Carmelo Anthony, Nuggets: He had 31 points, five rebounds and five assists as the Nuggets extended their win streak to eight with a 10-point win over the Thunder. Denver now is a franchise-best 27 games over .500 and in position to lock up the Northwest Division and the No. 2 seed in the West.
New York Knicks: They fell behind by 17 after one quarter, trailed by 24 at halftime and never were competitive in a 113-86 home loss to the Pistons. The win moved Detroit into a tie with Chicago for seventh in the East.
QUOTE OF THE NIGHT
"We won at one of the toughest teams in the league, in April, and they needed a win. So we got to use it if we want it to be something special."
-- Guard Brandon Roy on Portland's win over San Antonio, which moved the two teams into a three-way tie with Houston for the West's third-best record.
Danny Granger (29 points) and the Pacers kept their slim playoff hopes alive by blowing out the Raptors 130-101. It was Indiana's largest point total and biggest margin of victory this season.
It turns out Chicago's game against Oklahoma City on March 18 was something of a landmark, as Tyrus Thomas didn't block a shot in that game. It's the only time since Jan. 14 that has happened, a span of 39 games, and Thomas showed us on Tuesday why it happens so rarely.
Chicago's high-flying forward got faked off his feet by New York's Quentin Richardson as the Knicks were trying to tie the game with a 3-pointer in the final seconds. Richardson took a shuffle step to the side, calmly lined up his shot and fired, only to see Thomas reappear out of nowhere and reject his delivery. For Thomas, it was an amazing recovery and his fourth block of the night. The play was a bit of a metaphor for his season and served as another step in his development into a prime defensive force. In 56 games as a starter, he has averaged more than two blocks a game, and his offense has become respectable after a brutal November.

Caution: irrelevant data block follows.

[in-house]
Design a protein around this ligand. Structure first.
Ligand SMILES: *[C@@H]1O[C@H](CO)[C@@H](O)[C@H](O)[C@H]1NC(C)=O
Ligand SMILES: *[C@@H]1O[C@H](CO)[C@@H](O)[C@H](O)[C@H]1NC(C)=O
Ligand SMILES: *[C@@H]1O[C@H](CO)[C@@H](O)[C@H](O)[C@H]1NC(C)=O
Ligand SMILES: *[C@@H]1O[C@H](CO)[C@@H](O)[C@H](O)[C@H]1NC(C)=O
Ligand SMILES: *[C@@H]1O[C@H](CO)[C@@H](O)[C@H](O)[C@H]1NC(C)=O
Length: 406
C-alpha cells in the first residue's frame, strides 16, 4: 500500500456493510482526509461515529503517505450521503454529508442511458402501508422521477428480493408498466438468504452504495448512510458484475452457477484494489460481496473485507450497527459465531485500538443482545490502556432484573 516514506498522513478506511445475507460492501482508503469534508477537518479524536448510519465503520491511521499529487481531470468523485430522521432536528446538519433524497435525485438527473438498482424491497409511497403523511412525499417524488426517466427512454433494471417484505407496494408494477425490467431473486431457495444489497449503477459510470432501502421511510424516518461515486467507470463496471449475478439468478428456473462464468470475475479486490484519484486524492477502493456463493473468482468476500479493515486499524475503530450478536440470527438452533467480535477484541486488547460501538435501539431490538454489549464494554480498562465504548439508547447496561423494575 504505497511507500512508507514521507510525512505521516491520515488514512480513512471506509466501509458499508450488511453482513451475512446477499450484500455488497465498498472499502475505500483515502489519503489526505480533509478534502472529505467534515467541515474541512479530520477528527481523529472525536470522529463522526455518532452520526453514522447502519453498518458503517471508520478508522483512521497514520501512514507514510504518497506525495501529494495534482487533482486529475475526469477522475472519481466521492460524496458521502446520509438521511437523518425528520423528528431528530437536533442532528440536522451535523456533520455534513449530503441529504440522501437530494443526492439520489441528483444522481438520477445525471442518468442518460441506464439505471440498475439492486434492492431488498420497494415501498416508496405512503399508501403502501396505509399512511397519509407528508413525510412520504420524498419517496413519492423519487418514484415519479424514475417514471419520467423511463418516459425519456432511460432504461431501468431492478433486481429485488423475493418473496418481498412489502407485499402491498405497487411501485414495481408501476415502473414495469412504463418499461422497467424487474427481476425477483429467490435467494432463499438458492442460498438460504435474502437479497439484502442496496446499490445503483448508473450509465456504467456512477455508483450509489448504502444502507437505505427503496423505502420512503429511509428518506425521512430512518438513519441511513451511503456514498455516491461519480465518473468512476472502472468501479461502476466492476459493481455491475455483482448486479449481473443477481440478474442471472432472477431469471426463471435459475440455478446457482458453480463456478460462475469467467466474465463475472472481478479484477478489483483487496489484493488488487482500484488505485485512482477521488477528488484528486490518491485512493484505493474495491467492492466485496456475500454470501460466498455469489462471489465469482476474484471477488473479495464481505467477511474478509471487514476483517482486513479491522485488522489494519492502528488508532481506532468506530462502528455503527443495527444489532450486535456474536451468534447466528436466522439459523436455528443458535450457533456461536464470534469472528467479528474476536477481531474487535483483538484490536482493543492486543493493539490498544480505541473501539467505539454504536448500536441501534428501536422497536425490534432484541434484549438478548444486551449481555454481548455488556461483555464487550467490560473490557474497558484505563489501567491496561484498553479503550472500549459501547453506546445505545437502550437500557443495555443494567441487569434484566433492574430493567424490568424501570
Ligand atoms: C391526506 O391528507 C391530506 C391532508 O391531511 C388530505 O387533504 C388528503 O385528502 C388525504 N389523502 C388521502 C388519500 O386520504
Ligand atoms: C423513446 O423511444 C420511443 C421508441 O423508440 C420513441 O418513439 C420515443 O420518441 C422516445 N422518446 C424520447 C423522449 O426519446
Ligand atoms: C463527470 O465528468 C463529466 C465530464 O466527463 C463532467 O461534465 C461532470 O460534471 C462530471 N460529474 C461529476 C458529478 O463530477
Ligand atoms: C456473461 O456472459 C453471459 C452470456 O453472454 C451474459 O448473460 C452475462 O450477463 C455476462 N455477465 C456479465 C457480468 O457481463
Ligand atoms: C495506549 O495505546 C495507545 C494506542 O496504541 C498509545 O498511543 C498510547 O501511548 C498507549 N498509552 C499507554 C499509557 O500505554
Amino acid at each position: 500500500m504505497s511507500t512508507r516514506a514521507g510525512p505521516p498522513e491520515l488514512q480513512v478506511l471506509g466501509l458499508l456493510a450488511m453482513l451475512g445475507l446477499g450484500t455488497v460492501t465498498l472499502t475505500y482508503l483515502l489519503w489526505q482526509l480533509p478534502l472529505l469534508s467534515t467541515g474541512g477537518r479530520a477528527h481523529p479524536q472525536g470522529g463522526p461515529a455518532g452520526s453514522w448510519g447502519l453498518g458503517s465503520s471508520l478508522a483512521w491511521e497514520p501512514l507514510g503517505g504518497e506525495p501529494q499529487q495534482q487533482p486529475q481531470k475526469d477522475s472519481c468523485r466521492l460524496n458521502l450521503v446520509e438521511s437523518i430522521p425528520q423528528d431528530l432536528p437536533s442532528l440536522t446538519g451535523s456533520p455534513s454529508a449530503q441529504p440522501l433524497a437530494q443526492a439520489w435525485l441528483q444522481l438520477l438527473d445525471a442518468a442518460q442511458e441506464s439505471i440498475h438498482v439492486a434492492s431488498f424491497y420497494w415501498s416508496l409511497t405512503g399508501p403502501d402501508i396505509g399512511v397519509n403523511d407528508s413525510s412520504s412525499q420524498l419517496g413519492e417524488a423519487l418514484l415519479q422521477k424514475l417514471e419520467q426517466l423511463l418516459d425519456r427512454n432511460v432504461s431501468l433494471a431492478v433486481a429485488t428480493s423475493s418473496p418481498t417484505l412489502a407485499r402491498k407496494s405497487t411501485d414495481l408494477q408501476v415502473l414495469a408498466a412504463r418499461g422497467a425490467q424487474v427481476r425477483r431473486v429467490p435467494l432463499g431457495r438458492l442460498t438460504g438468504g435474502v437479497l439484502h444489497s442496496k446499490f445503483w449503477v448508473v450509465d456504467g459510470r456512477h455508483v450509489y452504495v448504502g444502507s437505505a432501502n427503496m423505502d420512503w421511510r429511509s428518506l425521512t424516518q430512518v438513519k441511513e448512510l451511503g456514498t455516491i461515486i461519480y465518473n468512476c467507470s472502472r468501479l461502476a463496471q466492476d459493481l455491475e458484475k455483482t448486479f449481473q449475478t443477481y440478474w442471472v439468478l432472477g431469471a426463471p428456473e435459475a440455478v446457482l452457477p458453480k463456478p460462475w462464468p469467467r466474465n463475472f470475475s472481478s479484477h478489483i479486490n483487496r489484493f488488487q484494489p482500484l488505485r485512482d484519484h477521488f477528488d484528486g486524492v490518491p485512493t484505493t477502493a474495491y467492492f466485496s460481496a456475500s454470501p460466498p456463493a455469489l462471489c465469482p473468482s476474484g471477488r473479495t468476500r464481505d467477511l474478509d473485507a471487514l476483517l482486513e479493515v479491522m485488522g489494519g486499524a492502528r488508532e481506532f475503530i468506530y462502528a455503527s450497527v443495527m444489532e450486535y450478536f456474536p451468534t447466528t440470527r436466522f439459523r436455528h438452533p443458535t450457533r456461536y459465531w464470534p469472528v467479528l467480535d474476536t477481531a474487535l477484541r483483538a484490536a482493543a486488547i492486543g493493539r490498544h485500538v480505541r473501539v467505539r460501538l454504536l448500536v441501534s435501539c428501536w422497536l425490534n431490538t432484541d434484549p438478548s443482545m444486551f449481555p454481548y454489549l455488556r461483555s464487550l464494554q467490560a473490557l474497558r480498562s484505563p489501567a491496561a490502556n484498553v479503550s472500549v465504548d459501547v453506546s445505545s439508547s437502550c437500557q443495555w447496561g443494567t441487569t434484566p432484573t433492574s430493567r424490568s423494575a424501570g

Thomas' U-turn corresponds to the Bulls' rise in the standings as well, though they certainly got a jump start with the acquisitions of John Salmons and Brad Miller at the trade deadline. I'm not quite ready to call them a "tough out" or the dreaded "team nobody wants to play," but Chicago's 15-10 mark since the All-Star break warrants mentioning.
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Manu Ginobili is out. The days of cruising to the Western Conference Finals are out. And the Spurs have come well and truly back to the pack in the playoff race.
But if I were a Spurs fan, none of that would bother me nearly as much as what the ESPN microphones caught Gregg Popovich saying to Tim Duncan during Wednesday night's loss to the Blazers.
The Spurs were down seven points at home, with 7:07 remaining. It was a very winnable game, but San Antonio would need its best player.
Popovich was having none of it.
Reports were that Duncan had said he was feeling very good, which is why he was playing at all -- he had been sitting out the second night of back-to-backs to rest his ailing knees.